In her follow up to 2015’s Toddlers’ Tales, Maureen E Todd provides a collection of 11 poems and short stories that are targeted towards the adult reader instead of offering a shared experience between adult and child. There are no pictures in the book to attract a child to it – other than the colourful cover – and her words and ideas are not always age-appropriate.
In the rhyme, It’s No Good Nathan, Todd writes about the snow, offering advice that children are better to stay inside than to get out and enjoy it. “If you do break a bone, Get up quick and hurry home” she also proclaims, offering dubious medical advice.
In the short story, The Adventures of Sally Spider, we are told with no uncertainty that we should not be afraid of spiders.
Rachel’s Not Afraid of Water Any More is a rhyme about young Rachel learning to overcome her fear of water with the help of her Nana, who now leaves her to swim unattended in the bath.
Cockatiel Poem finds Todd writing to rhyme instead of writing to her target audience: “One day outside my window, Another I espied”, say says, the latter verb being such an old-fashioned, rarely used literary word that even my spell-checker didn’t recognise it. This particular poem continues on to reveal that “Bobby became Barbie” when their presumably male bird began laying eggs. It’s one of the few moments in the book that are entertaining and can encourage dialogue between adult and child.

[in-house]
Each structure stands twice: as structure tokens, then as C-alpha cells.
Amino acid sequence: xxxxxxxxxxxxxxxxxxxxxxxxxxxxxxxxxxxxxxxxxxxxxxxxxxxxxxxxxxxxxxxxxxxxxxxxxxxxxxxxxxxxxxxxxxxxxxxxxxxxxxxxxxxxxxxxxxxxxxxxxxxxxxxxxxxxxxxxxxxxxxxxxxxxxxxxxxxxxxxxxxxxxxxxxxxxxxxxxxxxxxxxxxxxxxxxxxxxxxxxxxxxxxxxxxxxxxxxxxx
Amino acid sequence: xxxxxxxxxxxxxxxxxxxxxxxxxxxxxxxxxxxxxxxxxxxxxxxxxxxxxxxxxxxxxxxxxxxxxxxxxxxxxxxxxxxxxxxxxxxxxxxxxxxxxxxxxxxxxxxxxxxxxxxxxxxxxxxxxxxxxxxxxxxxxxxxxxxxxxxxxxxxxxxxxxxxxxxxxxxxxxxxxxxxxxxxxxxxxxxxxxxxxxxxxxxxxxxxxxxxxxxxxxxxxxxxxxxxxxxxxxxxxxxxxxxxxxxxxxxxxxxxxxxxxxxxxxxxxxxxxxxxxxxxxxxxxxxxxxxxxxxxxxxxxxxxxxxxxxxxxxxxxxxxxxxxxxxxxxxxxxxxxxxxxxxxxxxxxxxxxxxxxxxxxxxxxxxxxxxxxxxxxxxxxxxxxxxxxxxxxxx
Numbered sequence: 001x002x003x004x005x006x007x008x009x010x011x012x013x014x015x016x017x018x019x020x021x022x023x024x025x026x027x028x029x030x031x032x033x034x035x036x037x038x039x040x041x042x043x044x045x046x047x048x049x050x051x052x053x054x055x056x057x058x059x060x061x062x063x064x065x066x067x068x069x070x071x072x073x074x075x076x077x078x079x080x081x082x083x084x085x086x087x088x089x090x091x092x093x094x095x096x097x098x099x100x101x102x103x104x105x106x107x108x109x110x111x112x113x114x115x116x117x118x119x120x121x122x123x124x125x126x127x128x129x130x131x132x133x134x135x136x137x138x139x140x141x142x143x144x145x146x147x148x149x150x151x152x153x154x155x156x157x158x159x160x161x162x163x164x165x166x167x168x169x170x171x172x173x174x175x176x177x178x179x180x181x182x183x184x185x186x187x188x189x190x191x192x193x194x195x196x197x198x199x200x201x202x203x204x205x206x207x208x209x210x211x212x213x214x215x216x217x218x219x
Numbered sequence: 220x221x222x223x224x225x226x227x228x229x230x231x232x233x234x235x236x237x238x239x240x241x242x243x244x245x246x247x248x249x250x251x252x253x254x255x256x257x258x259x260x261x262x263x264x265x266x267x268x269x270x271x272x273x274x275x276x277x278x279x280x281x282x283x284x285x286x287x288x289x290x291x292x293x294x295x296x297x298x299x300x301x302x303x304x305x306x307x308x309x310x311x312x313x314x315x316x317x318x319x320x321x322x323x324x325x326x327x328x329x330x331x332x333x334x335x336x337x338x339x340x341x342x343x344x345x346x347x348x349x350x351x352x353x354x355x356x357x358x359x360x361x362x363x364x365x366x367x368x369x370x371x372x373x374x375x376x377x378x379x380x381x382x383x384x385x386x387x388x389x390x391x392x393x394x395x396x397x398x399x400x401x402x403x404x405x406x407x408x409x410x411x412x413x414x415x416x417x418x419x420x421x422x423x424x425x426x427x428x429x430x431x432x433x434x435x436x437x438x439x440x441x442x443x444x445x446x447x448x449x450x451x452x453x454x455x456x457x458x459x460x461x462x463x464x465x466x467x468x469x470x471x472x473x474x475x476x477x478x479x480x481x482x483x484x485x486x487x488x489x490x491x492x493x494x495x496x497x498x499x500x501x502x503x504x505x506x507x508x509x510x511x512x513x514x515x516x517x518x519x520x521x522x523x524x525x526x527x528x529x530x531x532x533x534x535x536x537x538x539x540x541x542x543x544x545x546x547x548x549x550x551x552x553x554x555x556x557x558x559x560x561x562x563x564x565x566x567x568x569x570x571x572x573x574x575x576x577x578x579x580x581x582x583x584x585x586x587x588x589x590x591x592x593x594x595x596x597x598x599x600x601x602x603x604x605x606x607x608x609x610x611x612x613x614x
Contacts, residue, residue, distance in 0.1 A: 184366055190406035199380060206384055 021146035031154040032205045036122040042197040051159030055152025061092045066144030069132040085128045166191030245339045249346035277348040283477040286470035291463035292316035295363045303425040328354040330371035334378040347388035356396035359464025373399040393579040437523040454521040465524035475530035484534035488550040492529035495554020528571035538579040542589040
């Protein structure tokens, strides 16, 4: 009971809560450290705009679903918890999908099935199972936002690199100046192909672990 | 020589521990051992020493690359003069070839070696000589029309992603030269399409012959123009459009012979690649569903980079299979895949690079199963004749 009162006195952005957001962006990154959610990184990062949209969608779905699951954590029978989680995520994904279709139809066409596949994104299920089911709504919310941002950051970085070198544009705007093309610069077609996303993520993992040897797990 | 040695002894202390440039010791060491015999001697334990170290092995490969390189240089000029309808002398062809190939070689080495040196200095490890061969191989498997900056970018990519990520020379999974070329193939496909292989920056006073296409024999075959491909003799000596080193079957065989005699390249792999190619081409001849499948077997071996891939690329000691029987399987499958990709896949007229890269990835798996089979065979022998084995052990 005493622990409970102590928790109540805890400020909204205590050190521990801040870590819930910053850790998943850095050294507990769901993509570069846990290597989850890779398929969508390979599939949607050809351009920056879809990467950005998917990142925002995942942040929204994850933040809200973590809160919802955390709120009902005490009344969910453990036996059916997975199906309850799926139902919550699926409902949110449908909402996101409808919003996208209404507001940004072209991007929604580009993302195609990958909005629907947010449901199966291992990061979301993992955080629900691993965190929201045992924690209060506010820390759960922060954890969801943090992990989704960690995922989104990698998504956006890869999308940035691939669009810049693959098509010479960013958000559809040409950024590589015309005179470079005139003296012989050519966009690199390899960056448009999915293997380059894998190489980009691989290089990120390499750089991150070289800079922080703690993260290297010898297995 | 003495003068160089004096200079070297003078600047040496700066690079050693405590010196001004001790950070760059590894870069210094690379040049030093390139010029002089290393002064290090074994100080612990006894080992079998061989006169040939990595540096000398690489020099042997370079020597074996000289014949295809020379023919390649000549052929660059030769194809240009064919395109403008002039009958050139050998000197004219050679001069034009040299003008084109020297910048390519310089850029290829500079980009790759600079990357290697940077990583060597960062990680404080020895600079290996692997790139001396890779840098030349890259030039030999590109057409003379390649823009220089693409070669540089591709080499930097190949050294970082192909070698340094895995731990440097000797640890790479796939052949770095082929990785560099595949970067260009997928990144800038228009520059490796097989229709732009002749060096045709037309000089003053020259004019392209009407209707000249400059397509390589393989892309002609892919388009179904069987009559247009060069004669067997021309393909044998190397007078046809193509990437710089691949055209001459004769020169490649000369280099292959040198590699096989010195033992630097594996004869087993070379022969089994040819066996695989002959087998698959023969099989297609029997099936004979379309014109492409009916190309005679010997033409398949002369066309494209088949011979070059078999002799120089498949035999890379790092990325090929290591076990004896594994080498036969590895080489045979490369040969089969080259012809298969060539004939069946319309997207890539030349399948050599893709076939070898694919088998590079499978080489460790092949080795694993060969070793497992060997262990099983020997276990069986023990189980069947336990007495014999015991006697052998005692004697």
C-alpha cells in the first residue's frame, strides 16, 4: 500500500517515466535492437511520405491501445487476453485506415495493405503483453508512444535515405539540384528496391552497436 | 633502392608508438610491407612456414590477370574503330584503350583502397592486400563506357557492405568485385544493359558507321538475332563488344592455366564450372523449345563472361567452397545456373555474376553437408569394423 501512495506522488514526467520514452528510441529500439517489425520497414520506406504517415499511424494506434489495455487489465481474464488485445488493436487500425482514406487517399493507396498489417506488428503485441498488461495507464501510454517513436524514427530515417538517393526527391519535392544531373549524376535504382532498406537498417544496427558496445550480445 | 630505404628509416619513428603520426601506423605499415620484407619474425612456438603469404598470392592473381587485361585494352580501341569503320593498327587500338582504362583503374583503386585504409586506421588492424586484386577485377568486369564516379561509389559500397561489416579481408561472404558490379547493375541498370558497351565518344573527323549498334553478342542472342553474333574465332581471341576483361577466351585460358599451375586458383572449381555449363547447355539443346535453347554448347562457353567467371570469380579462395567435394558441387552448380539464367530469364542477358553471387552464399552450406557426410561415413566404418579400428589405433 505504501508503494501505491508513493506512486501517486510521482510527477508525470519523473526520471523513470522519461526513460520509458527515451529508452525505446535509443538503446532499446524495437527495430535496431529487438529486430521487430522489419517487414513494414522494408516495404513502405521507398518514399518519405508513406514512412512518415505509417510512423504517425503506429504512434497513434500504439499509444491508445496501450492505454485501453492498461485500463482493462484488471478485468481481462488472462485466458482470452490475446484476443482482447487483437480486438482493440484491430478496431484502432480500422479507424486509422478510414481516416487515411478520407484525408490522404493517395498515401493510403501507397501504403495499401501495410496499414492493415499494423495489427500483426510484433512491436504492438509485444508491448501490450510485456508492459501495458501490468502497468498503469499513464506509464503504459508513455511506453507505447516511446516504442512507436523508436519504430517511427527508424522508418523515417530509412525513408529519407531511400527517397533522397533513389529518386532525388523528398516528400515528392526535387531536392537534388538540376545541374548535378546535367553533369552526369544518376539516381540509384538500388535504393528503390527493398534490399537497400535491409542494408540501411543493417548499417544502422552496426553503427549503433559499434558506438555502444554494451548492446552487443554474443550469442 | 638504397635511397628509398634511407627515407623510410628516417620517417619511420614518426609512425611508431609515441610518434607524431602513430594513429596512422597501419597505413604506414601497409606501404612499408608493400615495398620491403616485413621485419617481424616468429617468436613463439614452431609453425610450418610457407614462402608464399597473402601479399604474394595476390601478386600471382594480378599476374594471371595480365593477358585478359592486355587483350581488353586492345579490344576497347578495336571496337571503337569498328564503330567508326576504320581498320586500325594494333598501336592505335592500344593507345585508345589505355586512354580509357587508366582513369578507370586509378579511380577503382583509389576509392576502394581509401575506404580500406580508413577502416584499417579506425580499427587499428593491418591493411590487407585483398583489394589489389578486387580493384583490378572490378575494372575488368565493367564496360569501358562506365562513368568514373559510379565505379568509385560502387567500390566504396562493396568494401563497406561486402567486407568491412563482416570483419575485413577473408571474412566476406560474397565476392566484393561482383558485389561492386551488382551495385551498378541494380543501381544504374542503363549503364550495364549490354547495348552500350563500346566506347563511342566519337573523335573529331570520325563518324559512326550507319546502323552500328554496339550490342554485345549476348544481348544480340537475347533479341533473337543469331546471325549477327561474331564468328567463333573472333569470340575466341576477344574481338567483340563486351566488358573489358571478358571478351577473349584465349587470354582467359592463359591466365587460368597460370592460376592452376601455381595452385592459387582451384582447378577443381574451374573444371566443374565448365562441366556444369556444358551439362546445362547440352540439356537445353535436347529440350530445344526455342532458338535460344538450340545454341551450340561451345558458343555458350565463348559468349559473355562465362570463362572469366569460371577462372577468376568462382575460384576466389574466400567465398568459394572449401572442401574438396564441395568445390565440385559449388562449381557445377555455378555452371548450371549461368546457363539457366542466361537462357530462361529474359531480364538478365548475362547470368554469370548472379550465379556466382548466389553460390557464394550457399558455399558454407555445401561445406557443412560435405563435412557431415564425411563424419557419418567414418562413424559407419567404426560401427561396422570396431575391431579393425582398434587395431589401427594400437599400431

There’s no connecting theme to the stories that can be discussed at the end of the book, other than, perhaps, the bad advice for children. For the most part, children’s stories are moral tales, which teach kids between right and wrong, to be cautious, or to consider consequences. Think about nursery rhymes such as Humpty Dumpty who fell from a height, or Little Miss Muffet who over-reacts to the appearance of a spider. Despite any historical significance that these stories may also represent, each has a lesson to be taught that is still valid for children today. There is none of that in More Toddlers’ Tales.
At less than 40 pages, More Toddlers’ Tales should be combined with the first book to give the purchase more substance. Meanwhile, Todd’s dubious messaging to children, the lack of any moral lessons, and the absence of opportunities for parents and guardians to open up dialogue with their kids to discuss issues further, all combine to put the “odd” in this Toddlers’ Tales.
Reviewed by Rod Lewis
Rating out of 10: 3
Todd’s dubious messaging to children, the lack of any moral lessons, and the absence of opportunities for parents and guardians to open up dialogue with their kids to discuss issues further, all combine to put the “odd” in this Toddlers’ Tales.